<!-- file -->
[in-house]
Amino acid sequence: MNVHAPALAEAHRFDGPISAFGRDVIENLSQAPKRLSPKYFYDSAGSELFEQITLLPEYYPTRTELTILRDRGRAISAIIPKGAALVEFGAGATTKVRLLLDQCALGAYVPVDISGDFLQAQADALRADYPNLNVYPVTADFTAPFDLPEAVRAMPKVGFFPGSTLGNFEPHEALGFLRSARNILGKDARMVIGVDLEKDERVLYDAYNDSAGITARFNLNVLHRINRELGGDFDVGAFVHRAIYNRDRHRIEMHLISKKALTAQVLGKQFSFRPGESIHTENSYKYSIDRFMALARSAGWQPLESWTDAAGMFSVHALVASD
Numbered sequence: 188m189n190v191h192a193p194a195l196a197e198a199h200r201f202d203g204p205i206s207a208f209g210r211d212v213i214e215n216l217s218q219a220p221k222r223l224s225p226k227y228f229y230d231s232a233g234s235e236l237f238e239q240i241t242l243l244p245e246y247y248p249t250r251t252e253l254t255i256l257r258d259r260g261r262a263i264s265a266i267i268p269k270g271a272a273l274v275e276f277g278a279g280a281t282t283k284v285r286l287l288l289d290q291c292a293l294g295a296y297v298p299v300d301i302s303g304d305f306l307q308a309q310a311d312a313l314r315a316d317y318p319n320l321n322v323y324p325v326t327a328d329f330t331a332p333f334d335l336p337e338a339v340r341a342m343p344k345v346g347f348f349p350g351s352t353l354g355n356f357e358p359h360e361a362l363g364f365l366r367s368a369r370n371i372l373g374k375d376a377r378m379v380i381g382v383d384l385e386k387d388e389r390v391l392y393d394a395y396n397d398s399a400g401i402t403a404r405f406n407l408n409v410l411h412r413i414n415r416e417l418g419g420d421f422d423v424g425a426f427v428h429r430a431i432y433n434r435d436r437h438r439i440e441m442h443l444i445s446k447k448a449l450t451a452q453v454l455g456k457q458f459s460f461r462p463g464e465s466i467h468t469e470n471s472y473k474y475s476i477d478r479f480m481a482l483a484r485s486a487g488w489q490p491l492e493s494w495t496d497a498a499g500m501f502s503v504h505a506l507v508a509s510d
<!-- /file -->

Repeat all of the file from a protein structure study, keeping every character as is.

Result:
[in-house]
Amino acid sequence: MNVHAPALAEAHRFDGPISAFGRDVIENLSQAPKRLSPKYFYDSAGSELFEQITLLPEYYPTRTELTILRDRGRAISAIIPKGAALVEFGAGATTKVRLLLDQCALGAYVPVDISGDFLQAQADALRADYPNLNVYPVTADFTAPFDLPEAVRAMPKVGFFPGSTLGNFEPHEALGFLRSARNILGKDARMVIGVDLEKDERVLYDAYNDSAGITARFNLNVLHRINRELGGDFDVGAFVHRAIYNRDRHRIEMHLISKKALTAQVLGKQFSFRPGESIHTENSYKYSIDRFMALARSAGWQPLESWTDAAGMFSVHALVASD
Numbered sequence: 188m189n190v191h192a193p194a195l196a197e198a199h200r201f202d203g204p205i206s207a208f209g210r211d212v213i214e215n216l217s218q219a220p221k222r223l224s225p226k227y228f229y230d231s232a233g234s235e236l237f238e239q240i241t242l243l244p245e246y247y248p249t250r251t252e253l254t255i256l257r258d259r260g261r262a263i264s265a266i267i268p269k270g271a272a273l274v275e276f277g278a279g280a281t282t283k284v285r286l287l288l289d290q291c292a293l294g295a296y297v298p299v300d301i302s303g304d305f306l307q308a309q310a311d312a313l314r315a316d317y318p319n320l321n322v323y324p325v326t327a328d329f330t331a332p333f334d335l336p337e338a339v340r341a342m343p344k345v346g347f348f349p350g351s352t353l354g355n356f357e358p359h360e361a362l363g364f365l366r367s368a369r370n371i372l373g374k375d376a377r378m379v380i381g382v383d384l385e386k387d388e389r390v391l392y393d394a395y396n397d398s399a400g401i402t403a404r405f406n407l408n409v410l411h412r413i414n415r416e417l418g419g420d421f422d423v424g425a426f427v428h429r430a431i432y433n434r435d436r437h438r439i440e441m442h443l444i445s446k447k448a449l450t451a452q453v454l455g456k457q458f459s460f461r462p463g464e465s466i467h468t469e470n471s472y473k474y475s476i477d478r479f480m481a482l483a484r485s486a487g488w489q490p491l492e493s494w495t496d497a498a499g500m501f502s503v504h505a506l507v508a509s510d